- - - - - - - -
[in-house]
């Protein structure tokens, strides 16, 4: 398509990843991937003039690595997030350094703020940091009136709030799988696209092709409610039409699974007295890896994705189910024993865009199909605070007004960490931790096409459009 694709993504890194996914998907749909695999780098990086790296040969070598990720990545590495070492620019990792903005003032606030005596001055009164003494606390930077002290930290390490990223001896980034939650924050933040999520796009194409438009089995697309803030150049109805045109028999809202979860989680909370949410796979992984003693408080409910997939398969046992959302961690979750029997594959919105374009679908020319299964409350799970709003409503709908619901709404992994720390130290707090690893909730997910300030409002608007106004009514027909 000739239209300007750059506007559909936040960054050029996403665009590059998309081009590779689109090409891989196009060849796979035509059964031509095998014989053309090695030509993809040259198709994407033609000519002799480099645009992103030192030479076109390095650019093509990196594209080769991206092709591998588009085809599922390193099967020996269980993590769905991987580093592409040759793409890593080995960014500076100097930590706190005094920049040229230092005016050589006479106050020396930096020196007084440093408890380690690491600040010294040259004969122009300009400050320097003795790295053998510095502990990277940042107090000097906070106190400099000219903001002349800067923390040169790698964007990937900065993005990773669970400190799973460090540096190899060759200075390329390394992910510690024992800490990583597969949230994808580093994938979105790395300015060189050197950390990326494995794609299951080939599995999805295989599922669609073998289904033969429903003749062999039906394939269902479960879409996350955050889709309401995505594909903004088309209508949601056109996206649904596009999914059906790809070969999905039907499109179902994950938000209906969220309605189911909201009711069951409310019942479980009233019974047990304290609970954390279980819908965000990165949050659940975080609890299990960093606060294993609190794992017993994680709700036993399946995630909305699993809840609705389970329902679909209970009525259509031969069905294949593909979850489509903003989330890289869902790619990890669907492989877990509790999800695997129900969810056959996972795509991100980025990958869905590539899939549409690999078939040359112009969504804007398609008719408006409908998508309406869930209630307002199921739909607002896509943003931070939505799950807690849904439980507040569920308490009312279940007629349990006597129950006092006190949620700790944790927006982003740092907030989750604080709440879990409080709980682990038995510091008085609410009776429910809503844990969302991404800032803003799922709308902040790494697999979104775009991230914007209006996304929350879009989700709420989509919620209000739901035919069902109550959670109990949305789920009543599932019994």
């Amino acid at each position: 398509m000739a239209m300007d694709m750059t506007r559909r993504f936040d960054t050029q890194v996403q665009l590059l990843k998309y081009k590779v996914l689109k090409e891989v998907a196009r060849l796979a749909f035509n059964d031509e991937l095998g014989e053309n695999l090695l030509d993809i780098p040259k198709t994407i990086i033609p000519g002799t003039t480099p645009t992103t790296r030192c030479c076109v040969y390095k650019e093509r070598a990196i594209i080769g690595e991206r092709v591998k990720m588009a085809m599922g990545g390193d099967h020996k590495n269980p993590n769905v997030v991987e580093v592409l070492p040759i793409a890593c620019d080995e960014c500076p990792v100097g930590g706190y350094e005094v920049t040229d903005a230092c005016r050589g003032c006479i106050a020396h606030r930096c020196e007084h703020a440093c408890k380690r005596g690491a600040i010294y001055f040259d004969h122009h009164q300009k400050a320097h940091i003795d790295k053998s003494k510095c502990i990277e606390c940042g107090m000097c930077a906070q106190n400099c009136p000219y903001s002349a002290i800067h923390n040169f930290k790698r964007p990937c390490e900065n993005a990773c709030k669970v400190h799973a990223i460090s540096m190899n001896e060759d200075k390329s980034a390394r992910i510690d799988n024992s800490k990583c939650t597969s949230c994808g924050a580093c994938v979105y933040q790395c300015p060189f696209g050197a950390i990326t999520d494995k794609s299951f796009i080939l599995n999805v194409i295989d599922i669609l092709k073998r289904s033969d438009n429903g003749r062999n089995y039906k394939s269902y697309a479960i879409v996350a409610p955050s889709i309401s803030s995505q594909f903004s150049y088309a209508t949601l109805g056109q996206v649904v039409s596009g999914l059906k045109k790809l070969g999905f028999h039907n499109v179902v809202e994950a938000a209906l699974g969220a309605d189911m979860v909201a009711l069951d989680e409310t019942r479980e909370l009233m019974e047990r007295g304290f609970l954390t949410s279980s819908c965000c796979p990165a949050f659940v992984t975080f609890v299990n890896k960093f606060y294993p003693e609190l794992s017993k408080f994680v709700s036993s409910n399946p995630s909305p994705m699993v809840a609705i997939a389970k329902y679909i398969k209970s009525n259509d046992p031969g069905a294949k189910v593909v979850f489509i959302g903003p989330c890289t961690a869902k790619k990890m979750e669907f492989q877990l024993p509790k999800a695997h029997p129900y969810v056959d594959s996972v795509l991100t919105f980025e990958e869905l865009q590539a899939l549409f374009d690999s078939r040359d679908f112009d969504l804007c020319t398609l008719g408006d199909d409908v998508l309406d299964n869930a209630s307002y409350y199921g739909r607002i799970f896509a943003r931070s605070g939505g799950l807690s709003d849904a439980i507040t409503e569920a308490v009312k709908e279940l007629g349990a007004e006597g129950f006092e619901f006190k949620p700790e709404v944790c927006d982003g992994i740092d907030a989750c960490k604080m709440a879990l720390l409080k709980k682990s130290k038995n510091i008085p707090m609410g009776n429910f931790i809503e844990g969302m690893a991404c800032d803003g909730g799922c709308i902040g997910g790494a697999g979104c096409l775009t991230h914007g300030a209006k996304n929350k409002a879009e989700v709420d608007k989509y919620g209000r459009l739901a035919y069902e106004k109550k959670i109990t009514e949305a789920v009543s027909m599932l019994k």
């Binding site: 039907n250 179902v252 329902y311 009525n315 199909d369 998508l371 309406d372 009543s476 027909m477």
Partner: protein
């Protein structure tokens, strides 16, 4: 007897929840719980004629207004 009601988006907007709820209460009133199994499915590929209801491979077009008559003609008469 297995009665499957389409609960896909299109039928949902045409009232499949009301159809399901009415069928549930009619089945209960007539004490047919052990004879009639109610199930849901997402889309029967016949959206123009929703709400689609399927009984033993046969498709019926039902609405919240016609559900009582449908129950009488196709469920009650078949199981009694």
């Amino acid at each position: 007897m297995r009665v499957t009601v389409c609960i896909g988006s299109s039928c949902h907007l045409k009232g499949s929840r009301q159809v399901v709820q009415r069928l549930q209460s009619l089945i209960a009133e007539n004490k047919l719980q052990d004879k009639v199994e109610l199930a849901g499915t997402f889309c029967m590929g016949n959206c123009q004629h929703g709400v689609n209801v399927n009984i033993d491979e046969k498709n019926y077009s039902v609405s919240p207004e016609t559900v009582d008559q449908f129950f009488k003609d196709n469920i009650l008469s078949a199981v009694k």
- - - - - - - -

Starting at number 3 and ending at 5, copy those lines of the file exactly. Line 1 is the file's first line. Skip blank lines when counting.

């Amino acid at each position: 398509m000739a239209m300007d694709m750059t506007r559909r993504f936040d960054t050029q890194v996403q665009l590059l990843k998309y081009k590779v996914l689109k090409e891989v998907a196009r060849l796979a749909f035509n059964d031509e991937l095998g014989e053309n695999l090695l030509d993809i780098p040259k198709t994407i990086i033609p000519g002799t003039t480099p645009t992103t790296r030192c030479c076109v040969y390095k650019e093509r070598a990196i594209i080769g690595e991206r092709v591998k990720m588009a085809m599922g990545g390193d099967h020996k590495n269980p993590n769905v997030v991987e580093v592409l070492p040759i793409a890593c620019d080995e960014c500076p990792v100097g930590g706190y350094e005094v920049t040229d903005a230092c005016r050589g003032c006479i106050a020396h606030r930096c020196e007084h703020a440093c408890k380690r005596g690491a600040i010294y001055f040259d004969h122009h009164q300009k400050a320097h940091i003795d790295k053998s003494k510095c502990i990277e606390c940042g107090m000097c930077a906070q106190n400099c009136p000219y903001s002349a002290i800067h923390n040169f930290k790698r964007p990937c390490e900065n993005a990773c709030k669970v400190h799973a990223i460090s540096m190899n001896e060759d200075k390329s980034a390394r992910i510690d799988n024992s800490k990583c939650t597969s949230c994808g924050a580093c994938v979105y933040q790395c300015p060189f696209g050197a950390i990326t999520d494995k794609s299951f796009i080939l599995n999805v194409i295989d599922i669609l092709k073998r289904s033969d438009n429903g003749r062999n089995y039906k394939s269902y697309a479960i879409v996350a409610p955050s889709i309401s803030s995505q594909f903004s150049y088309a209508t949601l109805g056109q996206v649904v039409s596009g999914l059906k045109k790809l070969g999905f028999h039907n499109v179902v809202e994950a938000a209906l699974g969220a309605d189911m979860v909201a009711l069951d989680e409310t019942r479980e909370l009233m019974e047990r007295g304290f609970l954390t949410s279980s819908c965000c796979p990165a949050f659940v992984t975080f609890v299990n890896k960093f606060y294993p003693e609190l794992s017993k408080f994680v709700s036993s409910n399946p995630s909305p994705m699993v809840a609705i997939a389970k329902y679909i398969k209970s009525n259509d046992p031969g069905a294949k189910v593909v979850f489509i959302g903003p989330c890289t961690a869902k790619k990890m979750e669907f492989q877990l024993p509790k999800a695997h029997p129900y969810v056959d594959s996972v795509l991100t919105f980025e990958e869905l865009q590539a899939l549409f374009d690999s078939r040359d679908f112009d969504l804007c020319t398609l008719g408006d199909d409908v998508l309406d299964n869930a209630s307002y409350y199921g739909r607002i799970f896509a943003r931070s605070g939505g799950l807690s709003d849904a439980i507040t409503e569920a308490v009312k709908e279940l007629g349990a007004e006597g129950f006092e619901f006190k949620p700790e709404v944790c927006d982003g992994i740092d907030a989750c960490k604080m709440a879990l720390l409080k709980k682990s130290k038995n510091i008085p707090m609410g009776n429910f931790i809503e844990g969302m690893a991404c800032d803003g909730g799922c709308i902040g997910g790494a697999g979104c096409l775009t991230h914007g300030a209006k996304n929350k409002a879009e989700v709420d608007k989509y919620g209000r459009l739901a035919y069902e106004k109550k959670i109990t009514e949305a789920v009543s027909m599932l019994k």
């Binding site: 039907n250 179902v252 329902y311 009525n315 199909d369 998508l371 309406d372 009543s476 027909m477």
Partner: protein